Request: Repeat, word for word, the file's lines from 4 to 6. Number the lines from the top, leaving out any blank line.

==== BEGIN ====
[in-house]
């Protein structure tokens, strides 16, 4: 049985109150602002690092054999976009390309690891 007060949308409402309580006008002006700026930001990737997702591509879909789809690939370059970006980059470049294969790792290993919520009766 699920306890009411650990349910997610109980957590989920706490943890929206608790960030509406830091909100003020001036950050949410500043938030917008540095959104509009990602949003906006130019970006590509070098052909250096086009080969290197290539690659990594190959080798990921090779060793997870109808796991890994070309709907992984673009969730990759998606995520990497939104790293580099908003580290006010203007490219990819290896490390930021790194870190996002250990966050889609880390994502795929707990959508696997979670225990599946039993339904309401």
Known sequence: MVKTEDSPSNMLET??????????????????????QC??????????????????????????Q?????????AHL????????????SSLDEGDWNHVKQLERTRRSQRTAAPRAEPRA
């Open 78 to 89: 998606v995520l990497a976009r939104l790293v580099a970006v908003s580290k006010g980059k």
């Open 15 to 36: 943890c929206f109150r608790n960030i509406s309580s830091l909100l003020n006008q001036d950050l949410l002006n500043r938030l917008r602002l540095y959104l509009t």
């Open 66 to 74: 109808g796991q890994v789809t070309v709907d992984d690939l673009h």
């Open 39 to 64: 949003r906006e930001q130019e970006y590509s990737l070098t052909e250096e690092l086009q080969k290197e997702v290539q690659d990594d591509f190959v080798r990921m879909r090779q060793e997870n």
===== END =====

């Open 78 to 89: 998606v995520l990497a976009r939104l790293v580099a970006v908003s580290k006010g980059k």
């Open 15 to 36: 943890c929206f109150r608790n960030i509406s309580s830091l909100l003020n006008q001036d950050l949410l002006n500043r938030l917008r602002l540095y959104l509009t």
């Open 66 to 74: 109808g796991q890994v789809t070309v709907d992984d690939l673009h």